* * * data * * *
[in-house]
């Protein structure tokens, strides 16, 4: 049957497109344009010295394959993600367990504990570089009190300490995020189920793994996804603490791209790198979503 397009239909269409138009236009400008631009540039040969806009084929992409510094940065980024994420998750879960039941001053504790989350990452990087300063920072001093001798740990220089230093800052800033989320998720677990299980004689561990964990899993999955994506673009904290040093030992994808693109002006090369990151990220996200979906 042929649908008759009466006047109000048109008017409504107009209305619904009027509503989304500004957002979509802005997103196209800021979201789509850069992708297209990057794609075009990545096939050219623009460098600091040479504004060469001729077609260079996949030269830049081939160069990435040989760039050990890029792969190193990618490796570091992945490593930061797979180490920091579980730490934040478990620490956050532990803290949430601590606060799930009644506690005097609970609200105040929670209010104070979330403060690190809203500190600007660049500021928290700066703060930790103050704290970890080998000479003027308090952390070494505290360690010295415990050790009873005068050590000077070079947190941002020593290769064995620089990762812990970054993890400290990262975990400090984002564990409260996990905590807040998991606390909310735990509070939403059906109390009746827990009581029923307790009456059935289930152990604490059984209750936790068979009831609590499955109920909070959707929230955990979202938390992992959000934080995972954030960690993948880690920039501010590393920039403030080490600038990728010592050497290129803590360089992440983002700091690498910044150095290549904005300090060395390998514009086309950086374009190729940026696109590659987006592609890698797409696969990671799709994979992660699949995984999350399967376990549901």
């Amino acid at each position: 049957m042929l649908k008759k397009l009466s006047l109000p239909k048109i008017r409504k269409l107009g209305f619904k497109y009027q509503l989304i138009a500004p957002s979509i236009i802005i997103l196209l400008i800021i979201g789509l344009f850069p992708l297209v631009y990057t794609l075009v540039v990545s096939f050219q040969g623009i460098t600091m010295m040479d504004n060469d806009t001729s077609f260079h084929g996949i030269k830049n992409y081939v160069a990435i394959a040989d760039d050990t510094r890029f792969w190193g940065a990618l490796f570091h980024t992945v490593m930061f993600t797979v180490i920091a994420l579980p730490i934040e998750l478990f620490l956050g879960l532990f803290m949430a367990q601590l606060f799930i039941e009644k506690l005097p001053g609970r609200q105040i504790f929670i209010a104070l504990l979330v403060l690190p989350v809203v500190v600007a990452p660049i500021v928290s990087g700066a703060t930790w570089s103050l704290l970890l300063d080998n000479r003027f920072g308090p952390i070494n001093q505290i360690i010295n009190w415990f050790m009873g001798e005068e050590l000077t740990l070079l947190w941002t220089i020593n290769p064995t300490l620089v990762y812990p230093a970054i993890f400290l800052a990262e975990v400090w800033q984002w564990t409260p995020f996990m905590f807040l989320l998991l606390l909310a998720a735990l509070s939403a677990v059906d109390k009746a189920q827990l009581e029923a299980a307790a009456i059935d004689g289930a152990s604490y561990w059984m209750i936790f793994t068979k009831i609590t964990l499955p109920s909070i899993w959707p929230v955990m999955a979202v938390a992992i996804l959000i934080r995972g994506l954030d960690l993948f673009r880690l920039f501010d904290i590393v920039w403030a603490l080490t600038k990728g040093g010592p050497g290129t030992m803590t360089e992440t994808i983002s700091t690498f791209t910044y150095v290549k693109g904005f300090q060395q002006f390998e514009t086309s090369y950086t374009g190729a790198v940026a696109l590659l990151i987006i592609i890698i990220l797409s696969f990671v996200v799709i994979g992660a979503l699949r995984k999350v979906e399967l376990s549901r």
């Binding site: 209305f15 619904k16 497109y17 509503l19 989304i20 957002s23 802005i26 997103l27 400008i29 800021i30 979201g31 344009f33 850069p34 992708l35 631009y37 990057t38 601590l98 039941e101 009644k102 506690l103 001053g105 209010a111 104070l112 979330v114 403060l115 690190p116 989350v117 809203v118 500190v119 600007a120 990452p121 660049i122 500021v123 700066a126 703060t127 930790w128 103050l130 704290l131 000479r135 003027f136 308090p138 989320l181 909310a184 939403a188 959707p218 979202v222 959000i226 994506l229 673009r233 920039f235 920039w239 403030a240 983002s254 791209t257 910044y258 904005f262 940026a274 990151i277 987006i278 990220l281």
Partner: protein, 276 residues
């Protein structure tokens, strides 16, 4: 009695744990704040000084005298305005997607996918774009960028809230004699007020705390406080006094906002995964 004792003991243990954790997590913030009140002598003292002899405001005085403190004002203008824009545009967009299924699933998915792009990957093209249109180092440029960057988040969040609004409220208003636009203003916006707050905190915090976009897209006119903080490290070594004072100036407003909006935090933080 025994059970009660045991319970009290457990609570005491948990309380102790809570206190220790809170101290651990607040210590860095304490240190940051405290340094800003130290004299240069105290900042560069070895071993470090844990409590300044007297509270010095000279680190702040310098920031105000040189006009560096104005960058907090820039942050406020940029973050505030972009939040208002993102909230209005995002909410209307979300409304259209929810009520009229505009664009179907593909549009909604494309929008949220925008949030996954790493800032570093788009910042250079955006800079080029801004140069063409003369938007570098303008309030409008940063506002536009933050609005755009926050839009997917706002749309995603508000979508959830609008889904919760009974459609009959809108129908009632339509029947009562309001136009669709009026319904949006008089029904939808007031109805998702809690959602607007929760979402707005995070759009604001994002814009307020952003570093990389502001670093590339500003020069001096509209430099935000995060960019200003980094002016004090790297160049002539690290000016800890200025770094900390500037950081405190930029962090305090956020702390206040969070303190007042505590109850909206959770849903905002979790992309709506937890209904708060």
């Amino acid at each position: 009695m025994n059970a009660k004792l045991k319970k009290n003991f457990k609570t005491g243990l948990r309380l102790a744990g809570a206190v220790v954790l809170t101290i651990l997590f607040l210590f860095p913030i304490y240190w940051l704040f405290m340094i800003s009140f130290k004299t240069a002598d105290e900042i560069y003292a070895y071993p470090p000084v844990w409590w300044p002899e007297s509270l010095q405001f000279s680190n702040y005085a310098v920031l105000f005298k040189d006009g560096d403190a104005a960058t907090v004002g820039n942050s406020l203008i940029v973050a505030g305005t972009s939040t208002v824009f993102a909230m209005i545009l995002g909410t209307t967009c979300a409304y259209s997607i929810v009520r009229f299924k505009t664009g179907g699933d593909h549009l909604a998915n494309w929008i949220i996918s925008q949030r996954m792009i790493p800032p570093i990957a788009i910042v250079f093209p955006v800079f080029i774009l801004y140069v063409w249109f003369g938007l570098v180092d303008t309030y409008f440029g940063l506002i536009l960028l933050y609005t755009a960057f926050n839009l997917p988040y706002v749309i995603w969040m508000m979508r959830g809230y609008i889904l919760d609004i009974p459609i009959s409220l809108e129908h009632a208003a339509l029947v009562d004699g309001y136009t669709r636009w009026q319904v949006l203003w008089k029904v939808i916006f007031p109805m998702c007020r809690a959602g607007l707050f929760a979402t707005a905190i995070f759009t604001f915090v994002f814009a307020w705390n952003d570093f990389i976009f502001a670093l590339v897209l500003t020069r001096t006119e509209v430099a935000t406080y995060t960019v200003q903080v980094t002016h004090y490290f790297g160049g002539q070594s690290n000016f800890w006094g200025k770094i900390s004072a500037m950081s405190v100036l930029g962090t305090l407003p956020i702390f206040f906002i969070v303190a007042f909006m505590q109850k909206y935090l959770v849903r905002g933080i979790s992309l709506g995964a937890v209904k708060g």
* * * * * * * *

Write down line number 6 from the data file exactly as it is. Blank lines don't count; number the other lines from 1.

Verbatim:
């Protein structure tokens, strides 16, 4: 009695744990704040000084005298305005997607996918774009960028809230004699007020705390406080006094906002995964 004792003991243990954790997590913030009140002598003292002899405001005085403190004002203008824009545009967009299924699933998915792009990957093209249109180092440029960057988040969040609004409220208003636009203003916006707050905190915090976009897209006119903080490290070594004072100036407003909006935090933080 025994059970009660045991319970009290457990609570005491948990309380102790809570206190220790809170101290651990607040210590860095304490240190940051405290340094800003130290004299240069105290900042560069070895071993470090844990409590300044007297509270010095000279680190702040310098920031105000040189006009560096104005960058907090820039942050406020940029973050505030972009939040208002993102909230209005995002909410209307979300409304259209929810009520009229505009664009179907593909549009909604494309929008949220925008949030996954790493800032570093788009910042250079955006800079080029801004140069063409003369938007570098303008309030409008940063506002536009933050609005755009926050839009997917706002749309995603508000979508959830609008889904919760009974459609009959809108129908009632339509029947009562309001136009669709009026319904949006008089029904939808007031109805998702809690959602607007929760979402707005995070759009604001994002814009307020952003570093990389502001670093590339500003020069001096509209430099935000995060960019200003980094002016004090790297160049002539690290000016800890200025770094900390500037950081405190930029962090305090956020702390206040969070303190007042505590109850909206959770849903905002979790992309709506937890209904708060």